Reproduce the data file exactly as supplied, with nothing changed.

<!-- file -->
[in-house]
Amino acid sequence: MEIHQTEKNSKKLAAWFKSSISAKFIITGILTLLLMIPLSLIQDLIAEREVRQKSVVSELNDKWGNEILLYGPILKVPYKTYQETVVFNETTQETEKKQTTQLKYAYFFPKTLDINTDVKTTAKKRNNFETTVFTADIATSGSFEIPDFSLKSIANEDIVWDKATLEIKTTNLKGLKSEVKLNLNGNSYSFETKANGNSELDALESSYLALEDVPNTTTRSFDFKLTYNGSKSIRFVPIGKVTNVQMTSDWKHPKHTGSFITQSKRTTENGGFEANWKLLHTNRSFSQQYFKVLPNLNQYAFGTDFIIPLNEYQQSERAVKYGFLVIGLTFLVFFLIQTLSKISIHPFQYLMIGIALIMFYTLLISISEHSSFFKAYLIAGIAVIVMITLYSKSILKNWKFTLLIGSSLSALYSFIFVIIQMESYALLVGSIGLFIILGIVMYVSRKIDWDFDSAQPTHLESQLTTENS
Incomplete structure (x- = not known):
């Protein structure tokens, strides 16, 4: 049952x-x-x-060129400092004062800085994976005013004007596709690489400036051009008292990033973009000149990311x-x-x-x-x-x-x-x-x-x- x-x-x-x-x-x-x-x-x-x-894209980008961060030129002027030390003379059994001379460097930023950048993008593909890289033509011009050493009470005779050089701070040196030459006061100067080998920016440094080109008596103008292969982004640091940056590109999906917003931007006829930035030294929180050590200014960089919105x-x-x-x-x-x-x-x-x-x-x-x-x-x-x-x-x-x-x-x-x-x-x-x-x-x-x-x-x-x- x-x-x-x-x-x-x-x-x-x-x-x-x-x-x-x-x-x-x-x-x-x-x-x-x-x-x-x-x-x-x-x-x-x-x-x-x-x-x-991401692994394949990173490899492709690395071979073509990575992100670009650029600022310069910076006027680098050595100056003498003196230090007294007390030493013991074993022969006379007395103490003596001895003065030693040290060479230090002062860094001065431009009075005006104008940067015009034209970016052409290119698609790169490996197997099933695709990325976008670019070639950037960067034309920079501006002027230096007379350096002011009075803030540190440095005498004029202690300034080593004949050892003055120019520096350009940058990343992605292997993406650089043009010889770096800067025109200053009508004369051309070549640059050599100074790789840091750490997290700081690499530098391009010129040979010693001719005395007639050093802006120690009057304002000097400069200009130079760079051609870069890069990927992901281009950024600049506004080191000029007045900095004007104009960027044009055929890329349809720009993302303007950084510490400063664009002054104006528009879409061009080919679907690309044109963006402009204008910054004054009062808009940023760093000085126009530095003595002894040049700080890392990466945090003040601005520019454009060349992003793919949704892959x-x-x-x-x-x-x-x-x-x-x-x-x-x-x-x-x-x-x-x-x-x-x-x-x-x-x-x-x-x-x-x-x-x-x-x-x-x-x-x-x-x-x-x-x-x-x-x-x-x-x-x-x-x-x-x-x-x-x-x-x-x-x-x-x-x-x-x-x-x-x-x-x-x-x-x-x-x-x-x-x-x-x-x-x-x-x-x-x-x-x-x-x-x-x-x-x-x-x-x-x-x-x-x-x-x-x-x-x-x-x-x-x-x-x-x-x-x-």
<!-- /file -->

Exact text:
[in-house]
Amino acid sequence: MEIHQTEKNSKKLAAWFKSSISAKFIITGILTLLLMIPLSLIQDLIAEREVRQKSVVSELNDKWGNEILLYGPILKVPYKTYQETVVFNETTQETEKKQTTQLKYAYFFPKTLDINTDVKTTAKKRNNFETTVFTADIATSGSFEIPDFSLKSIANEDIVWDKATLEIKTTNLKGLKSEVKLNLNGNSYSFETKANGNSELDALESSYLALEDVPNTTTRSFDFKLTYNGSKSIRFVPIGKVTNVQMTSDWKHPKHTGSFITQSKRTTENGGFEANWKLLHTNRSFSQQYFKVLPNLNQYAFGTDFIIPLNEYQQSERAVKYGFLVIGLTFLVFFLIQTLSKISIHPFQYLMIGIALIMFYTLLISISEHSSFFKAYLIAGIAVIVMITLYSKSILKNWKFTLLIGSSLSALYSFIFVIIQMESYALLVGSIGLFIILGIVMYVSRKIDWDFDSAQPTHLESQLTTENS
Incomplete structure (x- = not known):
């Protein structure tokens, strides 16, 4: 049952x-x-x-060129400092004062800085994976005013004007596709690489400036051009008292990033973009000149990311x-x-x-x-x-x-x-x-x-x- x-x-x-x-x-x-x-x-x-x-894209980008961060030129002027030390003379059994001379460097930023950048993008593909890289033509011009050493009470005779050089701070040196030459006061100067080998920016440094080109008596103008292969982004640091940056590109999906917003931007006829930035030294929180050590200014960089919105x-x-x-x-x-x-x-x-x-x-x-x-x-x-x-x-x-x-x-x-x-x-x-x-x-x-x-x-x-x- x-x-x-x-x-x-x-x-x-x-x-x-x-x-x-x-x-x-x-x-x-x-x-x-x-x-x-x-x-x-x-x-x-x-x-x-x-x-x-991401692994394949990173490899492709690395071979073509990575992100670009650029600022310069910076006027680098050595100056003498003196230090007294007390030493013991074993022969006379007395103490003596001895003065030693040290060479230090002062860094001065431009009075005006104008940067015009034209970016052409290119698609790169490996197997099933695709990325976008670019070639950037960067034309920079501006002027230096007379350096002011009075803030540190440095005498004029202690300034080593004949050892003055120019520096350009940058990343992605292997993406650089043009010889770096800067025109200053009508004369051309070549640059050599100074790789840091750490997290700081690499530098391009010129040979010693001719005395007639050093802006120690009057304002000097400069200009130079760079051609870069890069990927992901281009950024600049506004080191000029007045900095004007104009960027044009055929890329349809720009993302303007950084510490400063664009002054104006528009879409061009080919679907690309044109963006402009204008910054004054009062808009940023760093000085126009530095003595002894040049700080890392990466945090003040601005520019454009060349992003793919949704892959x-x-x-x-x-x-x-x-x-x-x-x-x-x-x-x-x-x-x-x-x-x-x-x-x-x-x-x-x-x-x-x-x-x-x-x-x-x-x-x-x-x-x-x-x-x-x-x-x-x-x-x-x-x-x-x-x-x-x-x-x-x-x-x-x-x-x-x-x-x-x-x-x-x-x-x-x-x-x-x-x-x-x-x-x-x-x-x-x-x-x-x-x-x-x-x-x-x-x-x-x-x-x-x-x-x-x-x-x-x-x-x-x-x-x-x-x-x-």